Network Time Protocol (NTP) is an Internet service that sets the clocks on your system with great precision. Synchronizing time among different machines is important in many ways. From a security point of view, examining the precise times noted on the log files of different machines may help in analyzing patterns of break-ins. Having synchronized clocks is also a requirement for preventing attackers from recording an interaction and then repeating it (a playback attack); if time stamps are encoded in the interaction, they will be incorrect the second time the transaction is replayed. Kerberos authentication, for example, which we discuss in Chapter 10, depends on time synchronization. From a practical point of view, synchronized clocks are also required to successfully use NFS.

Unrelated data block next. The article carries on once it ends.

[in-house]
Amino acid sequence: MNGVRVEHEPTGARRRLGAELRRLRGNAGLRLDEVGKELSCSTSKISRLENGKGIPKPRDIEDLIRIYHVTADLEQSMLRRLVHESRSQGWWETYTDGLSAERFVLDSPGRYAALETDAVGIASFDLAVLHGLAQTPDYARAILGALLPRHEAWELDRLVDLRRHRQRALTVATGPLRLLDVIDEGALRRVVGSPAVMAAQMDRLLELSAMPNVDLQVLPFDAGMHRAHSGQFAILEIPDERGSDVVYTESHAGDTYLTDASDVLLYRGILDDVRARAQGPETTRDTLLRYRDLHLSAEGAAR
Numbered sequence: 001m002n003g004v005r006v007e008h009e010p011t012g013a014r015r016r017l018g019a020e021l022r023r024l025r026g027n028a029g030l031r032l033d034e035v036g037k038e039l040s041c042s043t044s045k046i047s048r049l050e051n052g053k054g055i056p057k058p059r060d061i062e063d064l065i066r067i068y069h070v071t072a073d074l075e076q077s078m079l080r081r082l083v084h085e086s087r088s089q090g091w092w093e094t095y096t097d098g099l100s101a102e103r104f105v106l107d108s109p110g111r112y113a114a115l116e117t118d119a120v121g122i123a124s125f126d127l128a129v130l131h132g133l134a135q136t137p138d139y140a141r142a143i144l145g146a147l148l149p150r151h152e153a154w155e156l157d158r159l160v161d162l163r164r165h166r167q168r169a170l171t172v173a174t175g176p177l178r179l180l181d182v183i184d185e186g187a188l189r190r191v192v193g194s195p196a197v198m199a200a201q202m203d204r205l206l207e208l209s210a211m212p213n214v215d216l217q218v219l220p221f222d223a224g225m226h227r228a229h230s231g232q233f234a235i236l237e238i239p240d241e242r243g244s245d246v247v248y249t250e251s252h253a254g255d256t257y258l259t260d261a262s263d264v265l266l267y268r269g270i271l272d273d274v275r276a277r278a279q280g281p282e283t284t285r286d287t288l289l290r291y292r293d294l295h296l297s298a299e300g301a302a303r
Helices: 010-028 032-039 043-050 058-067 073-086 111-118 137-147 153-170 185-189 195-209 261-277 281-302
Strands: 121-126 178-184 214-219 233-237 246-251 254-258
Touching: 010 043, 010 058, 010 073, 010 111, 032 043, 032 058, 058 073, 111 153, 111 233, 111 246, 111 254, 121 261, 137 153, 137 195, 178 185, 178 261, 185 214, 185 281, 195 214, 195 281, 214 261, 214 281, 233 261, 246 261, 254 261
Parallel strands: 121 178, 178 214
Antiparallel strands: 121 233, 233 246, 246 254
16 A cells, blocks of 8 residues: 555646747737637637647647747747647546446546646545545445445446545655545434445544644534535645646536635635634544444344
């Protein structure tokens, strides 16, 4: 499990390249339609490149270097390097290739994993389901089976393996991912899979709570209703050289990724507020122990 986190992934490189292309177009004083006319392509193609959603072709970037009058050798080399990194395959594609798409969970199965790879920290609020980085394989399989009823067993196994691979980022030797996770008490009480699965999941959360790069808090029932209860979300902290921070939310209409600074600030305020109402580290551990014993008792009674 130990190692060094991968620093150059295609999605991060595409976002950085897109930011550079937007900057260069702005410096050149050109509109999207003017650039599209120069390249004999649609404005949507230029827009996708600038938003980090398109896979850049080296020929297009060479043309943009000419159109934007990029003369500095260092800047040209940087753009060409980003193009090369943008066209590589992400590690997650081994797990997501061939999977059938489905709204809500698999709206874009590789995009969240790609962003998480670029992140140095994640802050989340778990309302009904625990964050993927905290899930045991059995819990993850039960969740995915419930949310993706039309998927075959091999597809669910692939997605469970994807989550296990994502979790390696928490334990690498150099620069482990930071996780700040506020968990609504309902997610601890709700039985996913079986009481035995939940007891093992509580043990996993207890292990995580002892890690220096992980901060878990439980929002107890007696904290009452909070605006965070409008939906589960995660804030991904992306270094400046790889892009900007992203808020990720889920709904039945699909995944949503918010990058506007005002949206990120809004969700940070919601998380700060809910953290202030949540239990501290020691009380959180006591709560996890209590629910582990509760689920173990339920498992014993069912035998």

You do not have to use NTP across the Internet; it will synchronize clocks to each other within your site, if that's all you want. The reason that people use NTP from the Internet is that a number of hosts with extremely accurate clocks - radio clocks that receive the time signal from the United States master atomic clocks or from the atomic clocks in the Global Positioning System (GPS) satellites - provide NTP service to make certain that your clocks are not only synchronous with each other but also correct. Without an external time service, you might find that all your computers have exactly the same wrong time. Accepting an external service makes you vulnerable to spoofing, but because NTP won't move the clocks very far very fast, a spoofed external clock is unlikely to make you vulnerable to a playback attack, although it could succeed in annoying you by running all your clocks slow or fast. Radio clocks suitable for use as NTP time sources are not terribly expensive, however, and if you are using NTP to synchronize clocks for an authentication protocol like Kerberos, you should buy your own and provide all time service internally, instead of using an external reference.